GLOBAL MARKETS-Euro, shares recover as Cyprus banks reopen
* Euro edges away from 4-month low vs dollar
* European shares rebound as Cyprus tensions ease
* Wall Street expected to open higher
* Assets generally lacklustre ahead of Easter weekend
By Marc Jones
LONDON, March 28 (Reuters) - European shares rebounded and the euro edged off a four-month low on Thursday after banks in Cyprus reopened to relative calm following the island's hard-won bailout.
There was no sign of the mass panic that Cypriots and investors had feared might be triggered when banks reopened after a forced closure of almost two weeks, albeit with tight controls to prevent depositors from cleaning out their accounts.
Cyprus's 10 billion euro rescue deal with its European partners at the weekend is the first euro zone bailout to impose losses on bank savers.
Data from the European Central Bank showed that some had already begun to bleed their accounts in February when the possibility of a grab on deposits first emerged.
But the calm as bank staff returned to work helped settle early market jitters, amplified by an unexpected rise in German unemployment, political turmoil in Italy and end-of-quarter caution as traders worked to get their accounts in order.
The euro, which has dropped around 2 percent over the last couple of weeks, climbed back above $1.28 by 1230 GMT, easing away from a four-month low against the dollar and a one-month low against the yen
European stock markets also shrugged off early nerves.
With benchmark indexes in London, Frankfurt and Paris all higher, the FTSEurofirst 300 climbed 0.7 percent and looked on course to narrowly avoid a second successive week of losses.
The rise in German unemployment was too small to spark worries that its economy will falter and was offset by stronger retail sales. There was also a surprise rebound in Italian business confidence.
German government bonds, an asset that investors turn to in times of increased tension and one which has jumped during the turmoil in Cyprus, reversed early gains as the mood improved to stand three ticks lower on the day at 145.48.
But festering worries that Cyprus's grab on deposits could be repeated elsewhere kept bonds issued by Italy and Spain - the two countries viewed as most vulnerable to contagion - in negative territory.
"Anything is up for grabs now because the whole rescue template has changed," said Philip Tyson, strategist at ICAP in London.
As Europe headed towards a four-day Easter weekend, traders looked back on another quarter of gains for riskier assets such as equities and higher-yielding bonds from the euro zone's southern fringe.
Despite the recent Cyprus-related blip, European shares are heading for a record tenth straight month of gains and a year-to-date rise of almost five percent.
In Asian trading, Japan's Nikkei and other indexes in the region clocked up another positive quarter while closing lower in their final session before Easter.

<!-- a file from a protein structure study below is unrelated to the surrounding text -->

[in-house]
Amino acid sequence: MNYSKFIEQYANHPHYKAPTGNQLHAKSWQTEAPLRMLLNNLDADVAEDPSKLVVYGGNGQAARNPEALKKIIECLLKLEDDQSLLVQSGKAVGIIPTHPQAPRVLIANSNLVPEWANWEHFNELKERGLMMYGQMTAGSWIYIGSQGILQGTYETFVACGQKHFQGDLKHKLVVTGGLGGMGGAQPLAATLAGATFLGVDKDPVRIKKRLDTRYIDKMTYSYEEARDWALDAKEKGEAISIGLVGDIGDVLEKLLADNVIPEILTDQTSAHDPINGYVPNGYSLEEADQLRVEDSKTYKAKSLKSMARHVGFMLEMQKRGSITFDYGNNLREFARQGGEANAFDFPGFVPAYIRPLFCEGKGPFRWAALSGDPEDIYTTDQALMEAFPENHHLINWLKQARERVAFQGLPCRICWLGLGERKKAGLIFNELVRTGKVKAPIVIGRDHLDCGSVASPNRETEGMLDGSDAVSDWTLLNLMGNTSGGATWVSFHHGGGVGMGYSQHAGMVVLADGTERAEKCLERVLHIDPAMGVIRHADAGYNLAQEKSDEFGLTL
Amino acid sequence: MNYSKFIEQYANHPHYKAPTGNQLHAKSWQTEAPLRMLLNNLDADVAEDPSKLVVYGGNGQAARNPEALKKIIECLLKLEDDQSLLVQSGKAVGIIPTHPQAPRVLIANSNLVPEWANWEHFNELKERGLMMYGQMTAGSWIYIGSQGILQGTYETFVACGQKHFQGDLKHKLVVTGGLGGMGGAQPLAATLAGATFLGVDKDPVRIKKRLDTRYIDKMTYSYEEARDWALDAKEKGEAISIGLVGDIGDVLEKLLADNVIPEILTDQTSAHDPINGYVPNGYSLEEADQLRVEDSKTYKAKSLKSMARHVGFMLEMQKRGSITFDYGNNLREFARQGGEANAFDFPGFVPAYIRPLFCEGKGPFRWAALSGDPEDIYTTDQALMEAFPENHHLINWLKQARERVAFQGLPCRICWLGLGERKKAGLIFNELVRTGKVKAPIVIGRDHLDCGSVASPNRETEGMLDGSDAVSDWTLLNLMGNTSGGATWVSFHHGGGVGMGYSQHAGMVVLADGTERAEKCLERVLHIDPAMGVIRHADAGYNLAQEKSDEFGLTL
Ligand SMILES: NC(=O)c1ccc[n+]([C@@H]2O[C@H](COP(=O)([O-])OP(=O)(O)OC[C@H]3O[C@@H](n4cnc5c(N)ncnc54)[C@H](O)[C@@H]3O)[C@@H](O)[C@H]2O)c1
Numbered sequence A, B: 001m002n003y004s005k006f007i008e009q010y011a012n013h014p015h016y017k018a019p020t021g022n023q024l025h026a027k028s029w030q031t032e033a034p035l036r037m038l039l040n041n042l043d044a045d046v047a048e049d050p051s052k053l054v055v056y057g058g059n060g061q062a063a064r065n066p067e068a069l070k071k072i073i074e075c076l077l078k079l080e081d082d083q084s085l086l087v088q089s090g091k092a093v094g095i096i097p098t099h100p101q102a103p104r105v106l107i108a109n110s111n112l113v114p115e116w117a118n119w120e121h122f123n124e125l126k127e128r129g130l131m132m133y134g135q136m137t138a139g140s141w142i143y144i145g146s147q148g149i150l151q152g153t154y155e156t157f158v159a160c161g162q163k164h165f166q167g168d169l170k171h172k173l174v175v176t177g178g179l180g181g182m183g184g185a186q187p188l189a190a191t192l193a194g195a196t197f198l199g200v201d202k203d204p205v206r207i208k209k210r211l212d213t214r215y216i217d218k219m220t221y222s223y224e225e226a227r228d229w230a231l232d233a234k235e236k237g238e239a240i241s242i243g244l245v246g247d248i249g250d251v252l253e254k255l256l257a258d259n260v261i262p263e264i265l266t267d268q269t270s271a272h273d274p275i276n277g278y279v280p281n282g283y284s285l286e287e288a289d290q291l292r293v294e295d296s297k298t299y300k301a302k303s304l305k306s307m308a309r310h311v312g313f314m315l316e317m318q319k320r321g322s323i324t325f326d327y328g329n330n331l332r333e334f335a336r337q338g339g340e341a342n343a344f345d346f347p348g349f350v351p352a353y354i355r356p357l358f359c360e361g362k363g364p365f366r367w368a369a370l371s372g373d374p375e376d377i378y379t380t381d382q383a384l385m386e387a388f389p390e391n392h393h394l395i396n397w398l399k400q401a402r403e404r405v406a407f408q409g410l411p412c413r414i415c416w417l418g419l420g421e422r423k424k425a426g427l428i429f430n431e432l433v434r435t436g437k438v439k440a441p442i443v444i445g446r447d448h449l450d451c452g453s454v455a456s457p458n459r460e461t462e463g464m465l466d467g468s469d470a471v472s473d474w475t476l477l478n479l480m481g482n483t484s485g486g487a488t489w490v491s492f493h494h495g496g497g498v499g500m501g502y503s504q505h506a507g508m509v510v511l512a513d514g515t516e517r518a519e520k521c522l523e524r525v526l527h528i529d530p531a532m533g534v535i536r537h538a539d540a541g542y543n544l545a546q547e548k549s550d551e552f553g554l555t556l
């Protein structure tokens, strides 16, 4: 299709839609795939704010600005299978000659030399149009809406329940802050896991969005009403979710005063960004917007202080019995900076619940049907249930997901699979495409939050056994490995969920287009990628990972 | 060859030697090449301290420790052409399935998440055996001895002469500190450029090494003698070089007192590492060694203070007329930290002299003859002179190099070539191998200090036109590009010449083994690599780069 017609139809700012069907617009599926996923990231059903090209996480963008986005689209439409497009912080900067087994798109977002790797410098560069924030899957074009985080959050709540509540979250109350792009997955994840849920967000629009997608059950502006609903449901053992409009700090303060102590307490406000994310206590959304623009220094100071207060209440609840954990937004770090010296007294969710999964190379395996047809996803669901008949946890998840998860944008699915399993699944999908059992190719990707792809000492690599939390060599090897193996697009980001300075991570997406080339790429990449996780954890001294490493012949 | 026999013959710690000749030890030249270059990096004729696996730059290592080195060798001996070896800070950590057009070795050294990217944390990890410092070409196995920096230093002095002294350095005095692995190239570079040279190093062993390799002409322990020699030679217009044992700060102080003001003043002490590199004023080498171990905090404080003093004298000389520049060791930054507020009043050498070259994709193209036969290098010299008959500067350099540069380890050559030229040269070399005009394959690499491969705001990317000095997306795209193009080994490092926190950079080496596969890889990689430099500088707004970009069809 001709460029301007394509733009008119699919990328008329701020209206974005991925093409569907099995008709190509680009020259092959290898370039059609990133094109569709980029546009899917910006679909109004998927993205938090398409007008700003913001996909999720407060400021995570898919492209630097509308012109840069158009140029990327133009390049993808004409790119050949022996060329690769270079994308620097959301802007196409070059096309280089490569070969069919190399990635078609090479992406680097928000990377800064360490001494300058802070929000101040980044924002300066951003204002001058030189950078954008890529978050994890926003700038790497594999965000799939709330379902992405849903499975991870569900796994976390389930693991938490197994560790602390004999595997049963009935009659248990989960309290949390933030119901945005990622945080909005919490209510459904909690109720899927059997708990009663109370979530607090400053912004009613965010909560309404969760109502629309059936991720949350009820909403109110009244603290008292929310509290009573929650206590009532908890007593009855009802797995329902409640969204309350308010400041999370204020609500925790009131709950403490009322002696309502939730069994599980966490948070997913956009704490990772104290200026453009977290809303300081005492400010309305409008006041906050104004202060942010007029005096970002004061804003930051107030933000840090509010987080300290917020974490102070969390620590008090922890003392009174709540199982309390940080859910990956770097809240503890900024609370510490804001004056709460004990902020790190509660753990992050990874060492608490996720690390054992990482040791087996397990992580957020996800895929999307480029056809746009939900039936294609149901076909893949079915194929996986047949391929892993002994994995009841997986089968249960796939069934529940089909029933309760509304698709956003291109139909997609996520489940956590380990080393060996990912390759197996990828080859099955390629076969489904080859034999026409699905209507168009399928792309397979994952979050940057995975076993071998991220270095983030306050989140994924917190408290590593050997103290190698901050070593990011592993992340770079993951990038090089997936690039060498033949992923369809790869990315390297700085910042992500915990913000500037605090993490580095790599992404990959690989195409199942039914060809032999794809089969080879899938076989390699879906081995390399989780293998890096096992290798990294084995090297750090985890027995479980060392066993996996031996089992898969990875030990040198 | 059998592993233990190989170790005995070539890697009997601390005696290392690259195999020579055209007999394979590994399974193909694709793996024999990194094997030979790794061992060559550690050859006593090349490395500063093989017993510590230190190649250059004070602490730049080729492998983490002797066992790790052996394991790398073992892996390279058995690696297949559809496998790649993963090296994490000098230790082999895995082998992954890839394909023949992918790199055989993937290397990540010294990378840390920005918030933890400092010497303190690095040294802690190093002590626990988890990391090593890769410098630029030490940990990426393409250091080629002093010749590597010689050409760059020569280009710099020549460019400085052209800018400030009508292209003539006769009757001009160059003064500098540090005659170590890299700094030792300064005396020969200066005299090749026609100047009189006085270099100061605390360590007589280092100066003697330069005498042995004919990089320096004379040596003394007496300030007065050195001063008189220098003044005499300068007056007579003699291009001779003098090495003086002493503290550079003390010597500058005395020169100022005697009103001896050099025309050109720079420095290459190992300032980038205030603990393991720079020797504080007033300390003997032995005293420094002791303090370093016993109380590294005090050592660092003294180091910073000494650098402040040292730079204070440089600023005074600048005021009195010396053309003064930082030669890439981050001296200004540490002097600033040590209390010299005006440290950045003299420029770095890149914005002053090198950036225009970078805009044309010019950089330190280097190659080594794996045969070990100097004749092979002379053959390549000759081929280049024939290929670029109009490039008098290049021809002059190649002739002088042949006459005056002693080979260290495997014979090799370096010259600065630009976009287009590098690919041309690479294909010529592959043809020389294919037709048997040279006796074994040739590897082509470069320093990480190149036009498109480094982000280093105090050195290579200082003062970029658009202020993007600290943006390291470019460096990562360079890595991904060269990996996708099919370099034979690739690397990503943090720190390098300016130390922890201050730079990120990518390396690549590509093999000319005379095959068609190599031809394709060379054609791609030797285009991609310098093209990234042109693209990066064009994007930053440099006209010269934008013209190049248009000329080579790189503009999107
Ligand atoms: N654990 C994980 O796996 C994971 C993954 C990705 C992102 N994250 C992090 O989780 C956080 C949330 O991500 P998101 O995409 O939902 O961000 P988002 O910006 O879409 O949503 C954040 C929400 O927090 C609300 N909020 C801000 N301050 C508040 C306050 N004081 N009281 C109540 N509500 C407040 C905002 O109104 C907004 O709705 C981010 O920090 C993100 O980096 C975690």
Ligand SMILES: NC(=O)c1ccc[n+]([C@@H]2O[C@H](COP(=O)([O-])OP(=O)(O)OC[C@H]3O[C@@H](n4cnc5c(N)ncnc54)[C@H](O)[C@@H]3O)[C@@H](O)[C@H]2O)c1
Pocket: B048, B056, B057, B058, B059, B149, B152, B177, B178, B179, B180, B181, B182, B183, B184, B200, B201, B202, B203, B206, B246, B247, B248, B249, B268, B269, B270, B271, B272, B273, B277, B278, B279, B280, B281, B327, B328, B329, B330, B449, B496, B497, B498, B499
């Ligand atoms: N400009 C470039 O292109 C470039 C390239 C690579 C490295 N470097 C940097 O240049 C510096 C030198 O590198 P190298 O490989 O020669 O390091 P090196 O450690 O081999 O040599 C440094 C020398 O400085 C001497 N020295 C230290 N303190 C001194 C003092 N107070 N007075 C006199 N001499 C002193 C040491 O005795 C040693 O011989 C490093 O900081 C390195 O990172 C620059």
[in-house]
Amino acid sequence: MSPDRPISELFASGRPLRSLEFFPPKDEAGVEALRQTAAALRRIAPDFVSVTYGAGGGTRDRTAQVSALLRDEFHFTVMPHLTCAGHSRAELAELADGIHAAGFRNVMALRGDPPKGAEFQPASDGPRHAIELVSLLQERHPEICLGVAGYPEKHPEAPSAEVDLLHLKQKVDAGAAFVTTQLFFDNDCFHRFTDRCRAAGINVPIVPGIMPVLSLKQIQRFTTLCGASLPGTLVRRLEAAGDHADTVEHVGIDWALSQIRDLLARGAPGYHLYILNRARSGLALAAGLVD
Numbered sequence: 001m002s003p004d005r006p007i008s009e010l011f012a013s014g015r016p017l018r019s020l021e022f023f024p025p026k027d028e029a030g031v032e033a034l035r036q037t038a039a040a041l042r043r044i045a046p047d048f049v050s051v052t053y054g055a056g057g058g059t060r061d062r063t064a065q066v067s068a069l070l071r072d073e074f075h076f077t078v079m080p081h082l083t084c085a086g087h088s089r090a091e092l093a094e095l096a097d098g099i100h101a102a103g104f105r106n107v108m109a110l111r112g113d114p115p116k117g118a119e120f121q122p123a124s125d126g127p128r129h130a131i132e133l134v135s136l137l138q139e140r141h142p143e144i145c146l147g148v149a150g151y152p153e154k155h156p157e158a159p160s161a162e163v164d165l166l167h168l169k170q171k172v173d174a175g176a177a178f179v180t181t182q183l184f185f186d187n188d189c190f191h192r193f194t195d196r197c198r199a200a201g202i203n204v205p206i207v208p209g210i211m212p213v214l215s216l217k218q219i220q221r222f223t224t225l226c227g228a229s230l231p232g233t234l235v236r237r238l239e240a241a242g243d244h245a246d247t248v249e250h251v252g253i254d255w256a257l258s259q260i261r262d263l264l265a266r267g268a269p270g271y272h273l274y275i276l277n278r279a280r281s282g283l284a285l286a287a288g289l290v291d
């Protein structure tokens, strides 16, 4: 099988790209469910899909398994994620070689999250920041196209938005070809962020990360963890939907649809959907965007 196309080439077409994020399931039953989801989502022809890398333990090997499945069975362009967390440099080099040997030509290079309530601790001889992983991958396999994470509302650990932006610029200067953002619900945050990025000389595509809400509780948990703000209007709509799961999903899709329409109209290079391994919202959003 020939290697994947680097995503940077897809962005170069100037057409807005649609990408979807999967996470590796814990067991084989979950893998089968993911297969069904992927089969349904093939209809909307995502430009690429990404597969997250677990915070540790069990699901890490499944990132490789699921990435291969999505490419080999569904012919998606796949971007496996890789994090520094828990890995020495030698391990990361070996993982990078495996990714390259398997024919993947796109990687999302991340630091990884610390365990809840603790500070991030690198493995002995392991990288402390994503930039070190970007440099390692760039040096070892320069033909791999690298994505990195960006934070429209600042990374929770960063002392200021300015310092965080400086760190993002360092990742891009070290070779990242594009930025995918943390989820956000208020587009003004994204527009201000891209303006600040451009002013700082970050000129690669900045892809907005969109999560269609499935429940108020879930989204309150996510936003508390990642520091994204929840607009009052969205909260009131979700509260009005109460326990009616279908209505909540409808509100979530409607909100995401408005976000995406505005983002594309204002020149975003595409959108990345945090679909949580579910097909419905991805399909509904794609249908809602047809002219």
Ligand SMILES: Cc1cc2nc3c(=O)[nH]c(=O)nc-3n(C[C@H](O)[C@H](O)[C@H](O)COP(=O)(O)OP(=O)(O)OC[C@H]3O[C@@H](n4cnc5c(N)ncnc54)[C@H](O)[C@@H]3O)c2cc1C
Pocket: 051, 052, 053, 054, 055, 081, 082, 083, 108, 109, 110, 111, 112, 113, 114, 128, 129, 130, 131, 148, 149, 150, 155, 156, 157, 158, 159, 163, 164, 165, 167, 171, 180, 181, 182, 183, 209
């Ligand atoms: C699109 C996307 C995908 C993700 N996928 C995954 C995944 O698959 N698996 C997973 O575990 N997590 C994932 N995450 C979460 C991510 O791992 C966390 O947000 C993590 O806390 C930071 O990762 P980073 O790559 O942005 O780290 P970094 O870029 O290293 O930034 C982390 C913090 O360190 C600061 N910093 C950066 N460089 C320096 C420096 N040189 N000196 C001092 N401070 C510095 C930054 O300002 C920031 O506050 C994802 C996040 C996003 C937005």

Stock futures pointed to another higher open on Wall Street. The Dow Jones industrial and S&P 500 indexes are looking to build on a month of record, or near record highs, but analysts think the run may be due a pause as political turbulence returns to Europe and growth slows.
A 42 percent jump in the cost of using Credit Default Swaps to insure against defaults by European banks over the last two weeks suggests there has been a shift among investors in Europe.
"I think the worse-than-expected sequestration in the U.S., the Italian elections and this surprise in Cyprus are the kind of combination that was required to slow things down a bit," said Dan Morris, global market strategist at JP Morgan.
"Some of the fundamentals are still there in terms of liquidity both from central banks and from fund flows but we have to keep in mind is that earnings growth hasn't been fantastic... You do need GDP to pick up and that is probably not going to be the case until the end of the year."
Commodities staged one of their broadest rallies of the year on Wednesday with oil, metals and agricultural futures all rising but they were mixed again as trading began to pick up.
Safe-haven favourite gold was managing to hold above $1,600 an ounce, while oil was slightly up on the day as it held near $110 a barrel as U.S. demand growth hopes helped offset the worries surrounding Europe.
Those jitters and lacklustre Chinese buying pegged back copper to $7594.25 a tonne, however, as metal traders wondered whether the seasonally strongest second quarter will bring the expected uplift in demand.
Optimism many economists had of a recovery in the euro zone at the start of the year has proven unfounded but has also been largely offset by signs of improving U.S. growth.
"We are in the peak seasonal demand time of the year - March and April - fundamentally this is about as good as we're going to get," said Credit Suisse analyst Ivan Szpakowski.
"It's not a recipe for a great rally, but it's modestly positive ... Still as we progress through the remainder of the year, we think that activity and demand is going to slow," Szpakowski said.